In general it must be said that we (the peoples of the once Christian world) are not yet developing new spiritual abilities, but are paying the bills of the previous era. Our days are not days of new creative development. Life feels that the formative pressure of the old power (Christianity) has gone, and produces in abundance what was previously suppressed. This applies to the cult of youth and to the relations of the sexes in the first place. There is no intelligence and creativity behind these instinctive movements, unfortunately.

We are not experiencing the ‘twilight of humanism’, understood as self-worship — as Semion Frank thought, for example. And even more so, we are not talking about the victory of ‘world evil’. We are witnessing the decay of Christianity. Everything shaky, unstable, everything that was based on fruitful violence against the individual is failing… We are experiencing the decline of the moralising understanding of the divine; of that sacred to which the ‘holy’ (i. e. the idea of moral impeccability) has been mixed.

There are many prophets of a ‘new worldview’ which they believe should replace Christianity. These prophets make an object of worship out of any opinion they approve of, and reject as heresy any opinion they cannot share. Even when they invoke reason, they are fuelled by moral indignation. These ‘anti-Christians’ are essentially men of the old ethical coinage, men of the One Truth. Hardly a truly new worldview will come from them. Only a new philosophy of life can change the old worldview.

The real opposite of the ethical worldview, the worldview of the One Truth, is called ‘paganism’, however vague that word may be. Pagan religion presupposes a certain peace. Man is in communion with the gods not because he has ‘rose up against the spirits of evil under heaven’ or experienced a shock. His gods are part of the world, just like the earth, or the sky, or we ourselves. They cannot be suddenly ‘believed in’, man does not ‘come to’ them, they are not jealous. In ‘paganism’ we are at home and are not going anywhere. ‘Paganism’ seeks a quiet man, and what is more, it does not upset his soul-life with demands which it is impossible, while remaining human, to fulfil; it does not catch him up in the hour of inner discord, desiring ‘repentance’, that is, brokenness and submission. His gods are not moral, nor do they offer the One Truth. They encourage intelligence, courage, clarity of thought, proportionality of intention — all development ‘onward and upward’, but not holiness. The meaning of life in its understanding is to transform the portion of chaos entrusted to us by the gods, beginning with our own souls, into order…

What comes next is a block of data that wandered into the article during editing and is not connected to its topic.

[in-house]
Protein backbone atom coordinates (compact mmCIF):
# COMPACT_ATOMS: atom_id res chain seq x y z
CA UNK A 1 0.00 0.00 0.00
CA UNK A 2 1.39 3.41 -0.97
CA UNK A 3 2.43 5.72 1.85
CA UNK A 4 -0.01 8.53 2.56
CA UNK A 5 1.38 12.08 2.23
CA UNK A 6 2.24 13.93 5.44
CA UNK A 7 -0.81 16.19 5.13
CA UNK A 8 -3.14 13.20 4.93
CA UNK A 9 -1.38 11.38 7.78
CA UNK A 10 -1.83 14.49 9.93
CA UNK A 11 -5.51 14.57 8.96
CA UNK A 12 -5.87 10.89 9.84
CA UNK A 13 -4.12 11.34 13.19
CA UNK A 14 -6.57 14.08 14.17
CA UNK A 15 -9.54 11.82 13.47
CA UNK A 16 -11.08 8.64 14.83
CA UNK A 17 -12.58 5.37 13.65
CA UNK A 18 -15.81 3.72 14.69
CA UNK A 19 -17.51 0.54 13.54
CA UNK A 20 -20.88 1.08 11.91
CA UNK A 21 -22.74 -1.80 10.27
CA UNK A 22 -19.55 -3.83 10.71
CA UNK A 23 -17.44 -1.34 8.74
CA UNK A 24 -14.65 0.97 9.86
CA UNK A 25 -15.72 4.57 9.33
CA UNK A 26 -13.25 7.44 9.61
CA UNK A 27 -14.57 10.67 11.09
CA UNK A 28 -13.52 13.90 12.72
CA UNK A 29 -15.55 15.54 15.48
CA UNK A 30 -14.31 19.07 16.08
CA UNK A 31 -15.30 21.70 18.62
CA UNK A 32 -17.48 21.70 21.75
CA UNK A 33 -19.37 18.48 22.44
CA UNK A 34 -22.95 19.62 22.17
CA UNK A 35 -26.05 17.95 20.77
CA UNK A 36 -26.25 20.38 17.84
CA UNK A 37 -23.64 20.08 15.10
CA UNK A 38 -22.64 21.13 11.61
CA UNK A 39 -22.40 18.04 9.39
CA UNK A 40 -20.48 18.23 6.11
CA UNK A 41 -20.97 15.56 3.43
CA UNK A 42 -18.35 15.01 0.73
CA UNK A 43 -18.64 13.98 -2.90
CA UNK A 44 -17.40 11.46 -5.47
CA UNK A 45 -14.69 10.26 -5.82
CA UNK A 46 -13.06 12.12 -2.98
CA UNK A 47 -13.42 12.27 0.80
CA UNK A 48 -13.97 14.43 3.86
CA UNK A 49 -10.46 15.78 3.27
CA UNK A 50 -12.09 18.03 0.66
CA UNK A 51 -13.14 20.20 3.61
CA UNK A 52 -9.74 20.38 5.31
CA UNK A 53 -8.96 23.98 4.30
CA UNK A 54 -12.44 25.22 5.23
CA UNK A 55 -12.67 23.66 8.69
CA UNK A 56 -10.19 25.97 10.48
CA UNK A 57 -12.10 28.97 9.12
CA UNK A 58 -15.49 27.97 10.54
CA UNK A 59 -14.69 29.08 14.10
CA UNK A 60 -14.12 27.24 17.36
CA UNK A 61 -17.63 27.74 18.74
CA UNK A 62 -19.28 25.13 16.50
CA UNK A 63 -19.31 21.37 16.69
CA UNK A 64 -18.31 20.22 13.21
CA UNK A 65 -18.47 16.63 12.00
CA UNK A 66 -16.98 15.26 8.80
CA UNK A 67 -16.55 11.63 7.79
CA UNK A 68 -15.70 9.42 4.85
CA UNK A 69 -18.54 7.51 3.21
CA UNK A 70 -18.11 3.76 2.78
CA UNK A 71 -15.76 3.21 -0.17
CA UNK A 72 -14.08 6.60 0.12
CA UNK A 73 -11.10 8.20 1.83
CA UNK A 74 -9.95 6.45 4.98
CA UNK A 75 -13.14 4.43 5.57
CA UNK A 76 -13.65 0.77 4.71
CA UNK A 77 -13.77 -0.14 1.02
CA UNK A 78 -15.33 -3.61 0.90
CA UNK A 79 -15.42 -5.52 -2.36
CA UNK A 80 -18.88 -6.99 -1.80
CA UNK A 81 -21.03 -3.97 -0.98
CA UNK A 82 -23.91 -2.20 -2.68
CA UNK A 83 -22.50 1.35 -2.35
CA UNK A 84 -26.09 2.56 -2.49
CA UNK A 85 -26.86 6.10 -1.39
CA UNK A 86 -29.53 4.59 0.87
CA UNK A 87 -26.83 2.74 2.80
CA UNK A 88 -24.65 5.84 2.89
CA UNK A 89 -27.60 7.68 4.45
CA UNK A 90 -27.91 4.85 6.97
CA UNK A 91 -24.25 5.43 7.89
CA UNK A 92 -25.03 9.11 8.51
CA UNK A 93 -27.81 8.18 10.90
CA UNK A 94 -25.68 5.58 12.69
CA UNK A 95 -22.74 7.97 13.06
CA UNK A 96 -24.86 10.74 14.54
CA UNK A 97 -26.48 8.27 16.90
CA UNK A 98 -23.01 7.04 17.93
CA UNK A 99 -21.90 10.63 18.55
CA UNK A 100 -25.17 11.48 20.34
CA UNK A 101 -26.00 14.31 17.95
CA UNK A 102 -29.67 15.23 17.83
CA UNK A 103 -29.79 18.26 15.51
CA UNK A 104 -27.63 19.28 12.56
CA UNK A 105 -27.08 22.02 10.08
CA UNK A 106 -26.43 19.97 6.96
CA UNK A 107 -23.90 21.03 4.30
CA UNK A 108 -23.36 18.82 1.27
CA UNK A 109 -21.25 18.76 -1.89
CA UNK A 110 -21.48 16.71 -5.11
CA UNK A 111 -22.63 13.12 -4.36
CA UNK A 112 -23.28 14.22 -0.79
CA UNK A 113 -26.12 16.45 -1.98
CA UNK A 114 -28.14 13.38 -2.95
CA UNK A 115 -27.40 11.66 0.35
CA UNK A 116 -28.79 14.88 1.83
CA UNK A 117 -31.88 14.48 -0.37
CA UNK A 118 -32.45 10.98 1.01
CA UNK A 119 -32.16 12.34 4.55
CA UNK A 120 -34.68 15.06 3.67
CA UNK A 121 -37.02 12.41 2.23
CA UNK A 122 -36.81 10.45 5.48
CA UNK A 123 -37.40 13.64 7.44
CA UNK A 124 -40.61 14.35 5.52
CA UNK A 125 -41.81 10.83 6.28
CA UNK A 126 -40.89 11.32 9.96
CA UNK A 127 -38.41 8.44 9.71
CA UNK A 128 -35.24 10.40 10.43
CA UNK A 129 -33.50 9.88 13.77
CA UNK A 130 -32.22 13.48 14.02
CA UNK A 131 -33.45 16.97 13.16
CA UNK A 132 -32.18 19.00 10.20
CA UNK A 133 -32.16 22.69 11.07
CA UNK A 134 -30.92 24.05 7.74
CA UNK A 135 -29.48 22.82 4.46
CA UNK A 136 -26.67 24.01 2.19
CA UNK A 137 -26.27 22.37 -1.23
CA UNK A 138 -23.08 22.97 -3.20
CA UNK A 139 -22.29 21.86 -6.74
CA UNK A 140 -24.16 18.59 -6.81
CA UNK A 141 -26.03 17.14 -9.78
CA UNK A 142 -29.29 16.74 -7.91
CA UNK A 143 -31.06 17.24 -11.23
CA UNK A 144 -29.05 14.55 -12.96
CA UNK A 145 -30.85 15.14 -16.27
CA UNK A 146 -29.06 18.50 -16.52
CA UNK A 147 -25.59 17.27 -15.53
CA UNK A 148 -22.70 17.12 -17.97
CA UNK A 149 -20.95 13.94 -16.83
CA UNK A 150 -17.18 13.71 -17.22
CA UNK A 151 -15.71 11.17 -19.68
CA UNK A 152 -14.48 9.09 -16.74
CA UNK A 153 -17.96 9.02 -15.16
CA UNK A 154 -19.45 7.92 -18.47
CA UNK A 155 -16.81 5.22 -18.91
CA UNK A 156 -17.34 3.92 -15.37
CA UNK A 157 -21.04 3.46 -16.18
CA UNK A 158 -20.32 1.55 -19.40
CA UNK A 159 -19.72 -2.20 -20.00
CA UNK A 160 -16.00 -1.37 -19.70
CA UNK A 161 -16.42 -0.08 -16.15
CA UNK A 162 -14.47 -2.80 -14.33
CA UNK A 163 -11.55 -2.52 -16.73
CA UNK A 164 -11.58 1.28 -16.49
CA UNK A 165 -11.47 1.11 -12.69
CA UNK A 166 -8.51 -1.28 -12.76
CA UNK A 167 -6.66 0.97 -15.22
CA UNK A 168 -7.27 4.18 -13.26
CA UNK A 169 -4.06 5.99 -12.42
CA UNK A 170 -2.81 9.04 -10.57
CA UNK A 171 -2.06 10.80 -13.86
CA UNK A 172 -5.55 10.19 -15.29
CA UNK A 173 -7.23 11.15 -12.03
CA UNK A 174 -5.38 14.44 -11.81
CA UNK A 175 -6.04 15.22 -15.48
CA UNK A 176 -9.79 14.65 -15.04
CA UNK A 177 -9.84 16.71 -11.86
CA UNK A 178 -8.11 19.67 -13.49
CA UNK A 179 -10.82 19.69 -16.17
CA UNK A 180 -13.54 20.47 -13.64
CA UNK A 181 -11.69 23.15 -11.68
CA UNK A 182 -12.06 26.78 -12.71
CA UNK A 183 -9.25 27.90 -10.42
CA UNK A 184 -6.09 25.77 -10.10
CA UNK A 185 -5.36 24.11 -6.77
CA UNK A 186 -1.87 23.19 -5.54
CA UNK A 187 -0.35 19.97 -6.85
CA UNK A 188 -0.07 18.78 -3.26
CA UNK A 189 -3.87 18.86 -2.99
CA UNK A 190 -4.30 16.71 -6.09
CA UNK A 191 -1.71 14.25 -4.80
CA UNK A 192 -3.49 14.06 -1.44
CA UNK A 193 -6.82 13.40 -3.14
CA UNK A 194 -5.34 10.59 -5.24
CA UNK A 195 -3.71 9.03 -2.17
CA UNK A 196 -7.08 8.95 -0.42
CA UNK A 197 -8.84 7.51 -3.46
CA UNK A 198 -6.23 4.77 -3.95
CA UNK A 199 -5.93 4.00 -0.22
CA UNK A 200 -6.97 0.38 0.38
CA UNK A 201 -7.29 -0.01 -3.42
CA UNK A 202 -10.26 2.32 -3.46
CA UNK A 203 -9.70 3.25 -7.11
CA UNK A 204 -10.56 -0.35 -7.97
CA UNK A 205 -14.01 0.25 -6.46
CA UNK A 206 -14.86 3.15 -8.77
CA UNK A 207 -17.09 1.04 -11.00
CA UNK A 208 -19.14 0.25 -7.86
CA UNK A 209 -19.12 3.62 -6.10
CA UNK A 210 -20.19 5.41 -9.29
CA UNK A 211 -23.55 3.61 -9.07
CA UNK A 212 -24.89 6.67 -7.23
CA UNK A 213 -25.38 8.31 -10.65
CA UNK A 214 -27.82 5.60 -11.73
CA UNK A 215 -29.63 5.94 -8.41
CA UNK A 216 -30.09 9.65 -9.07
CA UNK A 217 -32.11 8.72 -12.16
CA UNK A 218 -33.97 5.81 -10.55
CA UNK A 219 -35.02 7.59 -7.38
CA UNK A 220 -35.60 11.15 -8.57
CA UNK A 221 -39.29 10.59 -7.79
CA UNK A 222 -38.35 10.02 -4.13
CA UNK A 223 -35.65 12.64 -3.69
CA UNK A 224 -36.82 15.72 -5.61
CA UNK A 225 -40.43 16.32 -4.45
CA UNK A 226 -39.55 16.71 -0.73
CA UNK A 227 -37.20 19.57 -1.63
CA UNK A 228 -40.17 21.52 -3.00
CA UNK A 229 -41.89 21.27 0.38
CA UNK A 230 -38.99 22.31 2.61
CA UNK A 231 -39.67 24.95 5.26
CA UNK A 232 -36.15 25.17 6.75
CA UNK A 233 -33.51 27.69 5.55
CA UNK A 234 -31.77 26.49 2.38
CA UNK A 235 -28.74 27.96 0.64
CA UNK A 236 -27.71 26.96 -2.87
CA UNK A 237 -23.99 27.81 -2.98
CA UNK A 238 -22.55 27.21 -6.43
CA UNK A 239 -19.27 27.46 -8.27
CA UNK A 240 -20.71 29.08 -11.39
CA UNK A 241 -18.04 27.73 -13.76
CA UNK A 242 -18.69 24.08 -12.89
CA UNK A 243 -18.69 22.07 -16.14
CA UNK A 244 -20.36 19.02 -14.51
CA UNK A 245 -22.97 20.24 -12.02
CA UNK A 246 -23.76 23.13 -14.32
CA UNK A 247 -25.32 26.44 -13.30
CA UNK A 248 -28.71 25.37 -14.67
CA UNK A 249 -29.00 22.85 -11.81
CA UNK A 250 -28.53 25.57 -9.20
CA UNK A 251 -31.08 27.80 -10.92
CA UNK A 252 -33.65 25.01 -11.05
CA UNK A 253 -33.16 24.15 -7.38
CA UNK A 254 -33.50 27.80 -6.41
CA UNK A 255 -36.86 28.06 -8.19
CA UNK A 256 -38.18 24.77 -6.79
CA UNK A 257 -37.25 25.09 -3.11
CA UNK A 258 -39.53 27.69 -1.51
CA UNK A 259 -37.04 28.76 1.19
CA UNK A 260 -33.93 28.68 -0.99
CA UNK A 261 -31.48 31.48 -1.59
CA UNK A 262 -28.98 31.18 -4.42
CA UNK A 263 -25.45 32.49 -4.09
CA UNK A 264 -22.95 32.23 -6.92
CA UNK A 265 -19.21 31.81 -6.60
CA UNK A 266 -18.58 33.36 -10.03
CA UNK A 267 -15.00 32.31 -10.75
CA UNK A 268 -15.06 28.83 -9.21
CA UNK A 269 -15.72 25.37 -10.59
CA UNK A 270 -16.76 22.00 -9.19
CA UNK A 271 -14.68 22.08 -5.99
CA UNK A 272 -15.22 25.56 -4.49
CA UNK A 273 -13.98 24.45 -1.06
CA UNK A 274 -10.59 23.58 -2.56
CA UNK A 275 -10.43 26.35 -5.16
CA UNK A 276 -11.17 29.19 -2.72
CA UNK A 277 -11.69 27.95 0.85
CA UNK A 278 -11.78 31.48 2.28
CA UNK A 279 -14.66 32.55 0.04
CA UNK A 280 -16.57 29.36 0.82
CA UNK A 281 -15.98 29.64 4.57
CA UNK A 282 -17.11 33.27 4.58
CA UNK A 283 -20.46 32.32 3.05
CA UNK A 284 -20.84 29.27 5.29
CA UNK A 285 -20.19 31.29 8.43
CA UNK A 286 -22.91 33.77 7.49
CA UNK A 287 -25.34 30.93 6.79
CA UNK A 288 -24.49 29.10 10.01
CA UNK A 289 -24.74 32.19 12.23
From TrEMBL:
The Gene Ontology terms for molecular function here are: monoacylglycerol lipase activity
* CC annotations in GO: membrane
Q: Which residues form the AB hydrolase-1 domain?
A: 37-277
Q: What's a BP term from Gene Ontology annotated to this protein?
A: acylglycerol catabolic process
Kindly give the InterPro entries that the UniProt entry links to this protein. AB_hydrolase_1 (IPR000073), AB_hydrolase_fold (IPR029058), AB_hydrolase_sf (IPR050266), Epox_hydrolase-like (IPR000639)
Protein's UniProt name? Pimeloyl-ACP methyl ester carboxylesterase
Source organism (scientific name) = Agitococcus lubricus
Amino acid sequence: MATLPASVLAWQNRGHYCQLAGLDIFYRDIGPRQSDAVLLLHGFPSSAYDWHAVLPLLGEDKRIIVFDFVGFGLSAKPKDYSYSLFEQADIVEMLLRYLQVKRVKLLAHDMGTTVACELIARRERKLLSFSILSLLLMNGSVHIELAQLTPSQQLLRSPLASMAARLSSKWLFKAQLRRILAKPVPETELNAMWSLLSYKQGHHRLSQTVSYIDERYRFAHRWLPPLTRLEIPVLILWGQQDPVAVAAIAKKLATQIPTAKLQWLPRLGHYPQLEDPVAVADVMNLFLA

This is where we should begin.

[1] And here we come to the devil — that great Christian invention… The devil is a way of dealing with the irrational in man. We give the irrational a name and put it out there. That’s what people have always done. Let’s say ‘Natural Selection’ is no more real than ‘the devil’, simply believing in it is not as important to the individual.

[2] Of course, it should be said and emphasised that Christianity, as long as it is a religion, is broader than morality. As soon as the boundaries of religion and morality in Christianity coincide — wait for the arrival of the godless generation.

[3] One socialism was devoured by another. Without any wish to justify national socialism, it must be said that its nerve was also morality, and its field was the struggle against ‘world evil’. It is ridiculous to believe that national socialism preached immorality. On the contrary, it (just like class socialism) was constantly fancying itself in front of the mirror of morality. The whole pathos of the German ‘new order’ was to counteract the corrupting influences — of the Jews, of the Anglo-Saxons, of the Bolsheviks. No one and to no one offered the loss of the human image as a goal — it came as an inevitable consequence of the struggle against the ‘world evil’. We Russians should not forget this.

Timofey Sherudilo.
From the book Twilight Time.

Back to Twilight Time

Views: 59